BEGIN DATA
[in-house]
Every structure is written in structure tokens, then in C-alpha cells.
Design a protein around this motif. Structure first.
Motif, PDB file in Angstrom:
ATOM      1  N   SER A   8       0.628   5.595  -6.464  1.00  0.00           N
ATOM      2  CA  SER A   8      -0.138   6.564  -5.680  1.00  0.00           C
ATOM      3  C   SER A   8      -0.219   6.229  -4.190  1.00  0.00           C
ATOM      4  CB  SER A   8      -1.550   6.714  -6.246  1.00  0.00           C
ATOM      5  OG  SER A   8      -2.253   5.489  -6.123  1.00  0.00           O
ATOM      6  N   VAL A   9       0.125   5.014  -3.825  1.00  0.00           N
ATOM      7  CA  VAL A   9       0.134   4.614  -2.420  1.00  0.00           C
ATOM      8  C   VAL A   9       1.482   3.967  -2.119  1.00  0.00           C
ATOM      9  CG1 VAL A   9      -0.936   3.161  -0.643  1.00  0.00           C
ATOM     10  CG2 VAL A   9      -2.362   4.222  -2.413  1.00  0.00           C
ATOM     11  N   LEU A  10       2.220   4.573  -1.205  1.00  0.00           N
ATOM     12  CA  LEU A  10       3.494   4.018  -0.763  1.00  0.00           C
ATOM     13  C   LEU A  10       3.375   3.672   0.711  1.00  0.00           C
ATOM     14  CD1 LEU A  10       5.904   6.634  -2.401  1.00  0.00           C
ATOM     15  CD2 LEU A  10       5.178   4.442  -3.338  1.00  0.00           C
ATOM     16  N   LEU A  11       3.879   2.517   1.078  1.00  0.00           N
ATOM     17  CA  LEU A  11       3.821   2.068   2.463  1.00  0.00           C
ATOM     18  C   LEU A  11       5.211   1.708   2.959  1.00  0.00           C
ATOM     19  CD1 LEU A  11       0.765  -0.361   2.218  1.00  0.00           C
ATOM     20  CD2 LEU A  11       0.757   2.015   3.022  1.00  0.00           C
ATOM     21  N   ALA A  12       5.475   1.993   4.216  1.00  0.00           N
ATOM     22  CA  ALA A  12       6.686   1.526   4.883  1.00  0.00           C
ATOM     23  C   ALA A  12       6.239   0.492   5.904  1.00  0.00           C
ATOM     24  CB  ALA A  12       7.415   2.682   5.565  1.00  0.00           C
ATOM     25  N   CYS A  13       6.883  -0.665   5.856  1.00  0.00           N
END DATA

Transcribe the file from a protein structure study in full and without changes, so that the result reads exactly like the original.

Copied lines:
[in-house]
Every structure is written in structure tokens, then in C-alpha cells.
Design a protein around this motif. Structure first.
Motif, PDB file in Angstrom:
ATOM      1  N   SER A   8       0.628   5.595  -6.464  1.00  0.00           N
ATOM      2  CA  SER A   8      -0.138   6.564  -5.680  1.00  0.00           C
ATOM      3  C   SER A   8      -0.219   6.229  -4.190  1.00  0.00           C
ATOM      4  CB  SER A   8      -1.550   6.714  -6.246  1.00  0.00           C
ATOM      5  OG  SER A   8      -2.253   5.489  -6.123  1.00  0.00           O
ATOM      6  N   VAL A   9       0.125   5.014  -3.825  1.00  0.00           N
ATOM      7  CA  VAL A   9       0.134   4.614  -2.420  1.00  0.00           C
ATOM      8  C   VAL A   9       1.482   3.967  -2.119  1.00  0.00           C
ATOM      9  CG1 VAL A   9      -0.936   3.161  -0.643  1.00  0.00           C
ATOM     10  CG2 VAL A   9      -2.362   4.222  -2.413  1.00  0.00           C
ATOM     11  N   LEU A  10       2.220   4.573  -1.205  1.00  0.00           N
ATOM     12  CA  LEU A  10       3.494   4.018  -0.763  1.00  0.00           C
ATOM     13  C   LEU A  10       3.375   3.672   0.711  1.00  0.00           C
ATOM     14  CD1 LEU A  10       5.904   6.634  -2.401  1.00  0.00           C
ATOM     15  CD2 LEU A  10       5.178   4.442  -3.338  1.00  0.00           C
ATOM     16  N   LEU A  11       3.879   2.517   1.078  1.00  0.00           N
ATOM     17  CA  LEU A  11       3.821   2.068   2.463  1.00  0.00           C
ATOM     18  C   LEU A  11       5.211   1.708   2.959  1.00  0.00           C
ATOM     19  CD1 LEU A  11       0.765  -0.361   2.218  1.00  0.00           C
ATOM     20  CD2 LEU A  11       0.757   2.015   3.022  1.00  0.00           C
ATOM     21  N   ALA A  12       5.475   1.993   4.216  1.00  0.00           N
ATOM     22  CA  ALA A  12       6.686   1.526   4.883  1.00  0.00           C
ATOM     23  C   ALA A  12       6.239   0.492   5.904  1.00  0.00           C
ATOM     24  CB  ALA A  12       7.415   2.682   5.565  1.00  0.00           C
ATOM     25  N   CYS A  13       6.883  -0.665   5.856  1.00  0.00           N